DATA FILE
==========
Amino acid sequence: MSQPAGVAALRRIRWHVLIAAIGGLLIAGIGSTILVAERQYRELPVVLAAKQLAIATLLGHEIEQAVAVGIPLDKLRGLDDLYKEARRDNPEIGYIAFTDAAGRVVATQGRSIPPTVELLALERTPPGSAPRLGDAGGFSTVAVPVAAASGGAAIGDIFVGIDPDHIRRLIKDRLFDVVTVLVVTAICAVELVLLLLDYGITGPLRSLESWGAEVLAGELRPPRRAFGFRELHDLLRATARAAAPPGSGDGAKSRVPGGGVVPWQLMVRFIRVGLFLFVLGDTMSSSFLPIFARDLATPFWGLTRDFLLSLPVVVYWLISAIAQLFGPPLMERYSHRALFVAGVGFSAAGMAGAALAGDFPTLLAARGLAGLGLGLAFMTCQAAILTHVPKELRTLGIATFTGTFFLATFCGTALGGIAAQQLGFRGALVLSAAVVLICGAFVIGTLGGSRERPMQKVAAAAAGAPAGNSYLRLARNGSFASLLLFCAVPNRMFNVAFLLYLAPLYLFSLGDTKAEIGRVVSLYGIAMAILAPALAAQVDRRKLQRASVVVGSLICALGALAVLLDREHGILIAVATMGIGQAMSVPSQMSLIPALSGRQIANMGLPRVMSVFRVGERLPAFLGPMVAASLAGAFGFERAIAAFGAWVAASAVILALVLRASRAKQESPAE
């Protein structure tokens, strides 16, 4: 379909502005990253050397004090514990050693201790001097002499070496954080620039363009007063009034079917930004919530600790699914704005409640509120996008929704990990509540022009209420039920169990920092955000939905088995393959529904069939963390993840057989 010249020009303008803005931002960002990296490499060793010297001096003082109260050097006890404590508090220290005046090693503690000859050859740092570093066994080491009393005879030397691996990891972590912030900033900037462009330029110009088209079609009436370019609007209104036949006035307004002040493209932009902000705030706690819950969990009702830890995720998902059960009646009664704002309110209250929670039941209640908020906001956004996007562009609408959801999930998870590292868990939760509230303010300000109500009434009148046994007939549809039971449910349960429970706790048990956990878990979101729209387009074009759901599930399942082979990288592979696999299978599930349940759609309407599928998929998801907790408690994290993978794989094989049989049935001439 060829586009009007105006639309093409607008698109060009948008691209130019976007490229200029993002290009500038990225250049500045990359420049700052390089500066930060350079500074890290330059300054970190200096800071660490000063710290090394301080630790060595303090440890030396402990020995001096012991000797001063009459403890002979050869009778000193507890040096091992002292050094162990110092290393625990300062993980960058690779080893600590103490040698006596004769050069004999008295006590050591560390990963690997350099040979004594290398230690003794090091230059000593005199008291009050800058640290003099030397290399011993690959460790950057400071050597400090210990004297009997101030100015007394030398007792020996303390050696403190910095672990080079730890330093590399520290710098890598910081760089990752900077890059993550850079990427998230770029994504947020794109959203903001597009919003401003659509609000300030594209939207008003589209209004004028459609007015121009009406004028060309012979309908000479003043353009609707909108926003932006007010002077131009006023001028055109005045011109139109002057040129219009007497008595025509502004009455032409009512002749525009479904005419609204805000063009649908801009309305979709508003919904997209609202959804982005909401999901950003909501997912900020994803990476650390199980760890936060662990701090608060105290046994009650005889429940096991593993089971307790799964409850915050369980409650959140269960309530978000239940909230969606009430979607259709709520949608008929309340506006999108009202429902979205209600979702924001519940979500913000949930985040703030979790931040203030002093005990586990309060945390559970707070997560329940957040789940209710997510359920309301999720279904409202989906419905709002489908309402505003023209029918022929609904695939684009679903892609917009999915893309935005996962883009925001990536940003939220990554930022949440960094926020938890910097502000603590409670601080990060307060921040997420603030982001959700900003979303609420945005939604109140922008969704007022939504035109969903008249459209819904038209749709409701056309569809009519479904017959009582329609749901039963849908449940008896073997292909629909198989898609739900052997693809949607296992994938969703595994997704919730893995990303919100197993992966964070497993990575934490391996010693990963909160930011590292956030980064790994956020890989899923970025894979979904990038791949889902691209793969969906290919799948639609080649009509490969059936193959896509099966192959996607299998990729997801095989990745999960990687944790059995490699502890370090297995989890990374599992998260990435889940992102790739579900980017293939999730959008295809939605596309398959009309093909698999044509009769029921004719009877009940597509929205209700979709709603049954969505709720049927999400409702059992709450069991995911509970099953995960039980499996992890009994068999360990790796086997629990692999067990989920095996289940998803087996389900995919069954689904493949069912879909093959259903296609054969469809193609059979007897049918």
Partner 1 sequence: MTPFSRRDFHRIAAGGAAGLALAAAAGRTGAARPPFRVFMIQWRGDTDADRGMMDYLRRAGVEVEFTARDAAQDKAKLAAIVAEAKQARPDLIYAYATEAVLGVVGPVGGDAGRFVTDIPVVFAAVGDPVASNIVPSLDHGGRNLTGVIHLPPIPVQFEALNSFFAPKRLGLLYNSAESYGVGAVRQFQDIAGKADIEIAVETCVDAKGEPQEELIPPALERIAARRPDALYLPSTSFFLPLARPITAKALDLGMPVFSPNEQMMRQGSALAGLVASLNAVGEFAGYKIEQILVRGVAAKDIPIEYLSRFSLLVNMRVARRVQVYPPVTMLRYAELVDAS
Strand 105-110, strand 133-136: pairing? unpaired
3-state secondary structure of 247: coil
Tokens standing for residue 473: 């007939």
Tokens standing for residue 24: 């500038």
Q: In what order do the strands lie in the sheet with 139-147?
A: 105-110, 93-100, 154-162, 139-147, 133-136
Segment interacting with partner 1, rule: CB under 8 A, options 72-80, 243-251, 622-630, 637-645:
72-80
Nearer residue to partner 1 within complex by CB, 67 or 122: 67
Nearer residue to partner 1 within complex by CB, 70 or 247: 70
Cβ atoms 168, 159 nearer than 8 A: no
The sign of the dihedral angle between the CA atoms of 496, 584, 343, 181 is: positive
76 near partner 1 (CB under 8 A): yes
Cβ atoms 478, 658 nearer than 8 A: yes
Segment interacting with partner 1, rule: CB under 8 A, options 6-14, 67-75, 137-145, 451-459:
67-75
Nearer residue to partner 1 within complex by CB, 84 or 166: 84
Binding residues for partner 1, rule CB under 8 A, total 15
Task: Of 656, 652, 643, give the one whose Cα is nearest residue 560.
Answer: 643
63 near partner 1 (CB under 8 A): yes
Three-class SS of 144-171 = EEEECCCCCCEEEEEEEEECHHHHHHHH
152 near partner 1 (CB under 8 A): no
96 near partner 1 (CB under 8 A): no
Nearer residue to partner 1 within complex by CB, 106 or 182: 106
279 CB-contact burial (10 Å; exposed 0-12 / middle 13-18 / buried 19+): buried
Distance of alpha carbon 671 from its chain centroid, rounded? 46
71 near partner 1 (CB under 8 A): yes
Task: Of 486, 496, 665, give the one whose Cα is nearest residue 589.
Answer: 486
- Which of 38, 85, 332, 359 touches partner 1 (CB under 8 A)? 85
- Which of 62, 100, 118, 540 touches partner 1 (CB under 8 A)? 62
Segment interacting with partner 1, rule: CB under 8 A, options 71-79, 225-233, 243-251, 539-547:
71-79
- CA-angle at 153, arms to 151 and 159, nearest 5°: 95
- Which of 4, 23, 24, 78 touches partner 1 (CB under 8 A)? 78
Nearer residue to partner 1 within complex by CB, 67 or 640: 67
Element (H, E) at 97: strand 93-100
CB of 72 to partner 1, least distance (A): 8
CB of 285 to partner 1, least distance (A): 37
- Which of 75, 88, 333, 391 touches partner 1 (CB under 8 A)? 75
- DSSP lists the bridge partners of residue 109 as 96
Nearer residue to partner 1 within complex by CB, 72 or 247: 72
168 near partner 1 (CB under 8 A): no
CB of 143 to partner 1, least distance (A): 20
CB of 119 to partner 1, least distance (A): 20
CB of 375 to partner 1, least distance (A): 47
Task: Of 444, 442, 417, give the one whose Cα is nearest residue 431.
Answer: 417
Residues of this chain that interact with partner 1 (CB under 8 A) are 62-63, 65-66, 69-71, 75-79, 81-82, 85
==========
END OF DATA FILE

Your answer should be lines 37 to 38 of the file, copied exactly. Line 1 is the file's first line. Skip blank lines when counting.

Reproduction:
71-79
- CA-angle at 153, arms to 151 and 159, nearest 5°: 95